Letter: Industry Can't Operate Like the Old Days Any More

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I'm commenting on Tad Clarke's editorial regarding Fax.com ("Doing the Right Thing and Fax.com," Jan. 19). DM News reader and attorney Walter Oney rightly noted that the actions of one unscrupulous marketer reflect upon the industry as a whole. Amen.

However, it's easy to use egregious examples like this one, in part because they make the rest of the industry seem more righteous by comparison. Yes, those who run Fax.com and others like them should be tarred and feathered. But there are plenty of examples of traditional (read: responsible) marketers who also fail to respect the privacy rights of consumers.

For example, tobacco companies that scan consumers' driver's licenses as part of "market research" programs. Magazine publishers that furtively sell to credit card companies the names of consumers who sign up for trial subscriptions. And marketers who obtain acquisition lists from the same sources as spammers.

The situation in direct marketing is analogous to the textile industry a few years ago. Everyone lambasted Kathy Lee Gifford for allegedly employing children in her clothing factories - until the white light of public scrutiny revealed that many, many other clothing companies were doing the same thing. The days of recklessly trafficking in consumer data are at an end.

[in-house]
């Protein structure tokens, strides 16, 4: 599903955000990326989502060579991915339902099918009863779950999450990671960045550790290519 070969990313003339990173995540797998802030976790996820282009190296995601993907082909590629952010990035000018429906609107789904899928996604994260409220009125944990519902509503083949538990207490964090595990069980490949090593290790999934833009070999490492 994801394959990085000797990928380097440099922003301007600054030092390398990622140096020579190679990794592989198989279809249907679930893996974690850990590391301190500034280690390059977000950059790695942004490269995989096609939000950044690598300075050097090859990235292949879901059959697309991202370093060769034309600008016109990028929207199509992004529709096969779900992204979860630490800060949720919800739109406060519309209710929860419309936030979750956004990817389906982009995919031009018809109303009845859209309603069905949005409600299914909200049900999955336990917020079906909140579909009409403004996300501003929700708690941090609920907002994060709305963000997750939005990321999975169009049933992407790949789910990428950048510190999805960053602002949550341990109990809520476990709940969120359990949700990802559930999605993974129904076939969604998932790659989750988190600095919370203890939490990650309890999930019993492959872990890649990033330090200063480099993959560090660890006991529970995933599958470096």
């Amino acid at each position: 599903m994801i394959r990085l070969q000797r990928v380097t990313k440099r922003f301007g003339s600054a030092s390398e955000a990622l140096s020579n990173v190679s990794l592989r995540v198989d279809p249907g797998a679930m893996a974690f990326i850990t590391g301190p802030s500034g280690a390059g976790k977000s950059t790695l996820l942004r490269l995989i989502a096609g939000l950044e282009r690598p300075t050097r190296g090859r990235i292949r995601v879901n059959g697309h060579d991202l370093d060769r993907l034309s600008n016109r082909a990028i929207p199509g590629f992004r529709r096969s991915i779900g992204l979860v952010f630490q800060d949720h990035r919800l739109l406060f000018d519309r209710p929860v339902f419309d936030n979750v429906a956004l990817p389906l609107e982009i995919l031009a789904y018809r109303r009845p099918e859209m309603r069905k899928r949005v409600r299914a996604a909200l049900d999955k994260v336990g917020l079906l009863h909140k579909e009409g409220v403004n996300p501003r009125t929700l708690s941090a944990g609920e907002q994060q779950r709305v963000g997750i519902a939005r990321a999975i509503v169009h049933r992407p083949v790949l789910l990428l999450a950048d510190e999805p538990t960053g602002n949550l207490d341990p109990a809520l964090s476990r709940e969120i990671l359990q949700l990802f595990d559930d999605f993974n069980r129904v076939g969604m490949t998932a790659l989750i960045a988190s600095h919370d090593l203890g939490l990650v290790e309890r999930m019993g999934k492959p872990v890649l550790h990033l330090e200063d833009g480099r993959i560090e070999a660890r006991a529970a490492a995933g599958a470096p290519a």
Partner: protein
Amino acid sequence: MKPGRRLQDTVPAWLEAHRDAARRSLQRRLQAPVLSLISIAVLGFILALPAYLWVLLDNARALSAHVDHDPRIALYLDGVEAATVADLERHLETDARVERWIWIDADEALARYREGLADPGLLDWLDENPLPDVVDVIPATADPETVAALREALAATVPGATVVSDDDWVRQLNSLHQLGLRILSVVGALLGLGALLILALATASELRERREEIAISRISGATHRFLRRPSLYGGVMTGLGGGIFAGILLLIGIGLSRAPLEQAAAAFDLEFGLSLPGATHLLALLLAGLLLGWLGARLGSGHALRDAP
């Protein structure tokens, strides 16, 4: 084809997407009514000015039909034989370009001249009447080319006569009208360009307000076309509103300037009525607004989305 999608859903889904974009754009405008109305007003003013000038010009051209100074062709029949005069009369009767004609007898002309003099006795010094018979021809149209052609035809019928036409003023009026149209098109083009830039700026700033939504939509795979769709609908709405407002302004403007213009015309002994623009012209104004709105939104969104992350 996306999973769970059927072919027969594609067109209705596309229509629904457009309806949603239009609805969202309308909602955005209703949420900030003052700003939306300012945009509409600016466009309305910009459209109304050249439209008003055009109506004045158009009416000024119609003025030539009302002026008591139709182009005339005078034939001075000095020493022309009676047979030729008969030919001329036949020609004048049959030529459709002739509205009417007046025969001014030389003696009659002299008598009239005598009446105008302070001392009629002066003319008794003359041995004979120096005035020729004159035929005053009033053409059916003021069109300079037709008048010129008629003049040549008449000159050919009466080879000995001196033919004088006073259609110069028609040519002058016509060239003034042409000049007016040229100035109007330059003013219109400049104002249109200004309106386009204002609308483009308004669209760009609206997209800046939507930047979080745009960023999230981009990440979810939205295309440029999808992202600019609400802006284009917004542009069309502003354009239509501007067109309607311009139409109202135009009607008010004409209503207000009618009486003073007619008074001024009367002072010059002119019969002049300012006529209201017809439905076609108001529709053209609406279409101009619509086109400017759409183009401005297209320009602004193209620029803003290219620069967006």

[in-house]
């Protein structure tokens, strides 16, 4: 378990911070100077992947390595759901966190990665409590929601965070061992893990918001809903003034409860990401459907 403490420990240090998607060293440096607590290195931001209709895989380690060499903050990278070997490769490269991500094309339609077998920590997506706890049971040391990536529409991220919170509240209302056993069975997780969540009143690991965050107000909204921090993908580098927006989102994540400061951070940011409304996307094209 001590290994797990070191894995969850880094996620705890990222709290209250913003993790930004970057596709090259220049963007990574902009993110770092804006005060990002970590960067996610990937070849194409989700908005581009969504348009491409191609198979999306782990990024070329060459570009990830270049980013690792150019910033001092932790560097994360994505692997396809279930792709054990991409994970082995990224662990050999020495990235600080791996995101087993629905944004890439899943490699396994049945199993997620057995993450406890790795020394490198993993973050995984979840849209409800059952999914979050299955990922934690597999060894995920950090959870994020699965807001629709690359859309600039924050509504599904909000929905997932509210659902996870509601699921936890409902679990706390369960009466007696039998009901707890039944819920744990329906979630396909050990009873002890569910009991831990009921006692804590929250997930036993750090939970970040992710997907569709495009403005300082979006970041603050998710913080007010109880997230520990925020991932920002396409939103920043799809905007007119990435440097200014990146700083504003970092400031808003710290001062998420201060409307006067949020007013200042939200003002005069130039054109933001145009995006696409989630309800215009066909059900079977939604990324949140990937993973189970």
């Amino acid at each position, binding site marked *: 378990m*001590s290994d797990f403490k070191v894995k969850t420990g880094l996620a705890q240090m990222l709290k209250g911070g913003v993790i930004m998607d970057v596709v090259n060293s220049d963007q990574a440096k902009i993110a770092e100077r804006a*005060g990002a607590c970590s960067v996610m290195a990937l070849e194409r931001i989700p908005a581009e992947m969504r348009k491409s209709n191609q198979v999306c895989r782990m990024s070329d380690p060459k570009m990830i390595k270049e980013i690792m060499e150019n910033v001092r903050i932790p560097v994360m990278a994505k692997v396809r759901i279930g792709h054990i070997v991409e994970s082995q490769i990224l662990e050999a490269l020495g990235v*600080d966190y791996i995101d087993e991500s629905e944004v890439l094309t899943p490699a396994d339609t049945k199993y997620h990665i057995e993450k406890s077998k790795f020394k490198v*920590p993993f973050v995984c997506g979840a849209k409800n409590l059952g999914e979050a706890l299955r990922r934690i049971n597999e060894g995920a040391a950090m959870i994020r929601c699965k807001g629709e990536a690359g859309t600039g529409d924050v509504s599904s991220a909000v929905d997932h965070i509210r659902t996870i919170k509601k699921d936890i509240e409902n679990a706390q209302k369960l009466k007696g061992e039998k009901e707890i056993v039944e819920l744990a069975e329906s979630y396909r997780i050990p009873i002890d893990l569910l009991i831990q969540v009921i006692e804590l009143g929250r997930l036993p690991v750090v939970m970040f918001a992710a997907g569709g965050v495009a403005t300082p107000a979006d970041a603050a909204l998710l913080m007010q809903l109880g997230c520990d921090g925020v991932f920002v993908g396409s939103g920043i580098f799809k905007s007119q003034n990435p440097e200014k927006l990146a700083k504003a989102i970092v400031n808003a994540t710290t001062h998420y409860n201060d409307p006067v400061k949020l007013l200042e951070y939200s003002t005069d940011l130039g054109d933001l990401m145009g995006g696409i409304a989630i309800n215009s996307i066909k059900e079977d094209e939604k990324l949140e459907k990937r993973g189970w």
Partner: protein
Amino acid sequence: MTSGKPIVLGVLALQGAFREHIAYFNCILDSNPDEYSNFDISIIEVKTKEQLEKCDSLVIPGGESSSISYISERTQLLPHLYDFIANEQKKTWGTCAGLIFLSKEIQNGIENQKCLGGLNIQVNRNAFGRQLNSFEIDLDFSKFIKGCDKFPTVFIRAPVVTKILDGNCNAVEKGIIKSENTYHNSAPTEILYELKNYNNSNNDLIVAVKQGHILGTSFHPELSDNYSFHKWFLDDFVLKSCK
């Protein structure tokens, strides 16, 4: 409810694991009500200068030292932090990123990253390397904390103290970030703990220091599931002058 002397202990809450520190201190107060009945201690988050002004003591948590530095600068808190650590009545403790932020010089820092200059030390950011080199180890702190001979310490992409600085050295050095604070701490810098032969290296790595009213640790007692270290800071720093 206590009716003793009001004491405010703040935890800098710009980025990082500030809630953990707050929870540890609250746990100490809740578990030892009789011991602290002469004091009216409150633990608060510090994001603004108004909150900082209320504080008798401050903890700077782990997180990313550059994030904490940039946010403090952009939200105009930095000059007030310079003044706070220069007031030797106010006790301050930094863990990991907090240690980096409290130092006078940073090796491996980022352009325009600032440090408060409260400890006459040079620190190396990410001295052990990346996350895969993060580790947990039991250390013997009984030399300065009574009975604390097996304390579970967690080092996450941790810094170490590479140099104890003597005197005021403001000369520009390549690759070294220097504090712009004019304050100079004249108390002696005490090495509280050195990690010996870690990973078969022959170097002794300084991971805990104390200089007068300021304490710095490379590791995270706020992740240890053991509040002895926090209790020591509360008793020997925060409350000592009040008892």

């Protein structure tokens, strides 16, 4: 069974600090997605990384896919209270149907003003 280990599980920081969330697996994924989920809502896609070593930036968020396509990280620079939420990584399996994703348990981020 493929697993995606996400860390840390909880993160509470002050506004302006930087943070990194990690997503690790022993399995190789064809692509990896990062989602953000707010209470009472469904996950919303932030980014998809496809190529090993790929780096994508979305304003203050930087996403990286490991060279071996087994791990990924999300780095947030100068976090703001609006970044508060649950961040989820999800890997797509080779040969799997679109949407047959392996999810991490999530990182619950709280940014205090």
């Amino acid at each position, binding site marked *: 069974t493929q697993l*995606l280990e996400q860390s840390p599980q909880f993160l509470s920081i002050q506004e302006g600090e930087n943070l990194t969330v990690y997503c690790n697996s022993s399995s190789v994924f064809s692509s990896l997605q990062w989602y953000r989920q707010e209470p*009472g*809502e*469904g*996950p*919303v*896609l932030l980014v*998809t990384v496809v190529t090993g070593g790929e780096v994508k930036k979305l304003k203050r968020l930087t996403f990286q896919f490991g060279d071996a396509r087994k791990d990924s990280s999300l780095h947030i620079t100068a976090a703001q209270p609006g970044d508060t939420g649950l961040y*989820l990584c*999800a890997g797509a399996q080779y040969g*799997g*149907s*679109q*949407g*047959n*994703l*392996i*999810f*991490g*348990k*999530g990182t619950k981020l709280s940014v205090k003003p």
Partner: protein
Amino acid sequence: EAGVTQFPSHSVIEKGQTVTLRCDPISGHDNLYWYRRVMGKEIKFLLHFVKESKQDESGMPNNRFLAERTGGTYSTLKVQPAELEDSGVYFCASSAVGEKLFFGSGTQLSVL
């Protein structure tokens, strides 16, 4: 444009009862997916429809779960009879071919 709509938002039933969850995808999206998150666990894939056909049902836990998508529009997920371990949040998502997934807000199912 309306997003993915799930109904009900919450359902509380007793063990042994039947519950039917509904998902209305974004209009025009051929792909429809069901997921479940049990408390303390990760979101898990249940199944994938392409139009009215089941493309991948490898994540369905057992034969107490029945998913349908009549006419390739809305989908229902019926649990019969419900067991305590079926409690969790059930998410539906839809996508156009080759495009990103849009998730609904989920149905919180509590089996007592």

We as an industry need to act immediately. We need to band together and adopt firm standards to ensure the privacy of customer data. And not just talk about it - we need to really do it. We need to understand that the old way of conducting business - when we were able to operate under the radar of public scrutiny - those days are over.

We need to have the guts to speak out when some of our industry brethren are not doing the right thing. After all, their wrongs hurt the rest of us. Finally, we need the Direct Marketing Association to stand up, demonstrate some of the leadership that we all know it's capable of wielding and build consensus.

Consumers are angry, and it's only a matter of time before Washington listens and sends more legislation our way. Our lack of movement on these issues sends a message - we are BEGGING government to step in and do what we've proven unwilling or unable to do. Is that really what we want?

So, while I don't disagree with Mr. Oney's assertions, I believe that an equal emphasis should be placed upon ensuring that the traditional marketers also respect consumer privacy.

Alan Chapell, President, Chapell & Associates

New York



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